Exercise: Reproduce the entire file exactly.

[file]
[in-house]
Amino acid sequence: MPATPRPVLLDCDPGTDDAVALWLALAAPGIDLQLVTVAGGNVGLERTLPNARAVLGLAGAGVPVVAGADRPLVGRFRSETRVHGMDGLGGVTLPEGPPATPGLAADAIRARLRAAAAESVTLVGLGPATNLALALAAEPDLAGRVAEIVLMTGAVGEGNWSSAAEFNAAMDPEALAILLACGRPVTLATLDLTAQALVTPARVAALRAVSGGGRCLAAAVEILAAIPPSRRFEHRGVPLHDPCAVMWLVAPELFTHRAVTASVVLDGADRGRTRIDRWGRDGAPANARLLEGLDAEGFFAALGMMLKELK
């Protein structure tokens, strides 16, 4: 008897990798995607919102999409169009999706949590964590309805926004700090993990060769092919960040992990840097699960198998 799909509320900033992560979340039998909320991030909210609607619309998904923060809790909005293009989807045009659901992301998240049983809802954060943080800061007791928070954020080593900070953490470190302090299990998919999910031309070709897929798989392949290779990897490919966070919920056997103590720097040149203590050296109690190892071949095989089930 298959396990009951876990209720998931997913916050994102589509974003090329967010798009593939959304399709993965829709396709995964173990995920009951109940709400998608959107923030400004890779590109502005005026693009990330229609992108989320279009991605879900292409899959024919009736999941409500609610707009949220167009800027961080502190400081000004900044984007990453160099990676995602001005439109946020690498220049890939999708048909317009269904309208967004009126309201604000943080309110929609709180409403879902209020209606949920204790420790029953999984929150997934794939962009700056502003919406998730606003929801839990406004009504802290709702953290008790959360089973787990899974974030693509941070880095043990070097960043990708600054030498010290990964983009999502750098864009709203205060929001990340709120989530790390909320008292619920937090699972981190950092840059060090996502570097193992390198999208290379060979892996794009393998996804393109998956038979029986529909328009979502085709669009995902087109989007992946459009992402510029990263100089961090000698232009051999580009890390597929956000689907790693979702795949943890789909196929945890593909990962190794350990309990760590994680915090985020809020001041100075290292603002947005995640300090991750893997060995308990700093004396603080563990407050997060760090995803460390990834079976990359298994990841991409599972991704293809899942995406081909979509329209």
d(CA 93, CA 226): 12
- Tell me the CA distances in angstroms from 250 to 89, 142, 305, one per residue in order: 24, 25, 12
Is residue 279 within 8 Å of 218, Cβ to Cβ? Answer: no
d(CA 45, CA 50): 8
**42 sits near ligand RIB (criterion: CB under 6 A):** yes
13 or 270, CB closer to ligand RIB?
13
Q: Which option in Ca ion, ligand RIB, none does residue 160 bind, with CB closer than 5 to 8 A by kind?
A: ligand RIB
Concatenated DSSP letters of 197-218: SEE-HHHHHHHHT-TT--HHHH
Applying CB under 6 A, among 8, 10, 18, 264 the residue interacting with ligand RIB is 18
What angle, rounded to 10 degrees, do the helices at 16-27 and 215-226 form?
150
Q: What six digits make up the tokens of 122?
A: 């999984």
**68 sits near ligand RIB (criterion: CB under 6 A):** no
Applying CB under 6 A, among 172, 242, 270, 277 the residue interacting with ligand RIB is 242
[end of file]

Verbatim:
[in-house]
Amino acid sequence: MPATPRPVLLDCDPGTDDAVALWLALAAPGIDLQLVTVAGGNVGLERTLPNARAVLGLAGAGVPVVAGADRPLVGRFRSETRVHGMDGLGGVTLPEGPPATPGLAADAIRARLRAAAAESVTLVGLGPATNLALALAAEPDLAGRVAEIVLMTGAVGEGNWSSAAEFNAAMDPEALAILLACGRPVTLATLDLTAQALVTPARVAALRAVSGGGRCLAAAVEILAAIPPSRRFEHRGVPLHDPCAVMWLVAPELFTHRAVTASVVLDGADRGRTRIDRWGRDGAPANARLLEGLDAEGFFAALGMMLKELK
């Protein structure tokens, strides 16, 4: 008897990798995607919102999409169009999706949590964590309805926004700090993990060769092919960040992990840097699960198998 799909509320900033992560979340039998909320991030909210609607619309998904923060809790909005293009989807045009659901992301998240049983809802954060943080800061007791928070954020080593900070953490470190302090299990998919999910031309070709897929798989392949290779990897490919966070919920056997103590720097040149203590050296109690190892071949095989089930 298959396990009951876990209720998931997913916050994102589509974003090329967010798009593939959304399709993965829709396709995964173990995920009951109940709400998608959107923030400004890779590109502005005026693009990330229609992108989320279009991605879900292409899959024919009736999941409500609610707009949220167009800027961080502190400081000004900044984007990453160099990676995602001005439109946020690498220049890939999708048909317009269904309208967004009126309201604000943080309110929609709180409403879902209020209606949920204790420790029953999984929150997934794939962009700056502003919406998730606003929801839990406004009504802290709702953290008790959360089973787990899974974030693509941070880095043990070097960043990708600054030498010290990964983009999502750098864009709203205060929001990340709120989530790390909320008292619920937090699972981190950092840059060090996502570097193992390198999208290379060979892996794009393998996804393109998956038979029986529909328009979502085709669009995902087109989007992946459009992402510029990263100089961090000698232009051999580009890390597929956000689907790693979702795949943890789909196929945890593909990962190794350990309990760590994680915090985020809020001041100075290292603002947005995640300090991750893997060995308990700093004396603080563990407050997060760090995803460390990834079976990359298994990841991409599972991704293809899942995406081909979509329209």
d(CA 93, CA 226): 12
- Tell me the CA distances in angstroms from 250 to 89, 142, 305, one per residue in order: 24, 25, 12
Is residue 279 within 8 Å of 218, Cβ to Cβ? Answer: no
d(CA 45, CA 50): 8
**42 sits near ligand RIB (criterion: CB under 6 A):** yes
13 or 270, CB closer to ligand RIB?
13
Q: Which option in Ca ion, ligand RIB, none does residue 160 bind, with CB closer than 5 to 8 A by kind?
A: ligand RIB
Concatenated DSSP letters of 197-218: SEE-HHHHHHHHT-TT--HHHH
Applying CB under 6 A, among 8, 10, 18, 264 the residue interacting with ligand RIB is 18
What angle, rounded to 10 degrees, do the helices at 16-27 and 215-226 form?
150
Q: What six digits make up the tokens of 122?
A: 């999984």
**68 sits near ligand RIB (criterion: CB under 6 A):** no
Applying CB under 6 A, among 172, 242, 270, 277 the residue interacting with ligand RIB is 242